The dominant presence in the city when the British took control of Lahore 1848 was not the Mughals, but the Sikhs.
A beautiful example by one of the premiere Lahore coloured postcard publishers, Peshawar-based D.C. Mehra and Sons.
[Original caption] Was an Wazir of the Emperor Jahangir. This Building built during the reign of Jahangir in 1628 A.D. [end]
Itmad-uud-Doula was a member of a ruling group that included Nur Jahan, Emperor Jehanghir's wife, courtier Asaf Khan and
[Original caption] The Taj from across the river. One must cross the river to see the beautiful view of the Imperial Mausoleum balanced by the Mosque and Hall of red sandstone which set it off.
The Chaburji gateway is the entrance to a lost Mughal garden. Apparently built around the 1640s, its construction is linked to the Mughal Emperor Akbar's daughter, Zebunnissa Begum.
[Original] The Taj Mahal - A dream of Oriental spendour, fashioned as the last resting place for the "Exalted One of the Palace," the wife of Shah Jehan. "If there is heaven on earth it is this, it is this." [end]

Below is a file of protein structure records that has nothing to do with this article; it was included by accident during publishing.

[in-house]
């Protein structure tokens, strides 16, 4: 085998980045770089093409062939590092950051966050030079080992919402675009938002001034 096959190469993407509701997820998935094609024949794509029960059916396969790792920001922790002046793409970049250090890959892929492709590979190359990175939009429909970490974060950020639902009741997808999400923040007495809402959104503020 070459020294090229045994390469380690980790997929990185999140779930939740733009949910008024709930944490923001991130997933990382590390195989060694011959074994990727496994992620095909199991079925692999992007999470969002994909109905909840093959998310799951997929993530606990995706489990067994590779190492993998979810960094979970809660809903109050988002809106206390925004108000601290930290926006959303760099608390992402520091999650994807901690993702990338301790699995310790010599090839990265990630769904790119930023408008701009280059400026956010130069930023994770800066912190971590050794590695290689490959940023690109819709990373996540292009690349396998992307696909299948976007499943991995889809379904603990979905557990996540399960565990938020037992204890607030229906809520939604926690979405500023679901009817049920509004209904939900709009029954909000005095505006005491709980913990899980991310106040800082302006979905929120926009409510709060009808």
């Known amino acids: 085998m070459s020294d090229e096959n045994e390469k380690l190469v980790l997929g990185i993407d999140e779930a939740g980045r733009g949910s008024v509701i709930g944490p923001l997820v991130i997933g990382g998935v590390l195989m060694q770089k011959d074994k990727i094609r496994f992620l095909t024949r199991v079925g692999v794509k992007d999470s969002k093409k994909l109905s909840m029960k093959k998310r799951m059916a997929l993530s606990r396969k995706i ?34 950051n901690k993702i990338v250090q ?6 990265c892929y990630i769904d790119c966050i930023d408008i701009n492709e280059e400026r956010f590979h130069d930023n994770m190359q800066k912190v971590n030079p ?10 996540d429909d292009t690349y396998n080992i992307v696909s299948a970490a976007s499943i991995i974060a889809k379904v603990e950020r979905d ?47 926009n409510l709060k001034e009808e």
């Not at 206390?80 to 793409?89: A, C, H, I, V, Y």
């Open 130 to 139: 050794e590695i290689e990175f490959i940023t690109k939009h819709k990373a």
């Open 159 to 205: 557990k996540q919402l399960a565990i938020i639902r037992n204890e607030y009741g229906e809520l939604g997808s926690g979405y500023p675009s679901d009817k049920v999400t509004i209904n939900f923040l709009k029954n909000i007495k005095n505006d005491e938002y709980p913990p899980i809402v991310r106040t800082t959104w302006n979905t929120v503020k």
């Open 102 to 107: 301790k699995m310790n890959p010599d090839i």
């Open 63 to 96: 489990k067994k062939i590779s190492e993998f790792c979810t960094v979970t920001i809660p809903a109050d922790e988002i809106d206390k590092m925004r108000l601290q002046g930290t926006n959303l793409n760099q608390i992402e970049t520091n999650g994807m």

From the very first Tuck's Agra
An unusual artist-signed postcard of All Saints Church in Coonoor, established in 1854. Very finely done, it is among the limited examples British amateur artist trying their hand at something often self-published on a postcard.
[Original caption, Verso] Shah Jehan - Famed for his Peacock Throne, blazing in the shifting natural colors of rubies, sapphires and emeralds; valued by Tavernier at $32,500,000. But the Emperor is now more famous as the Builder of the Taj, that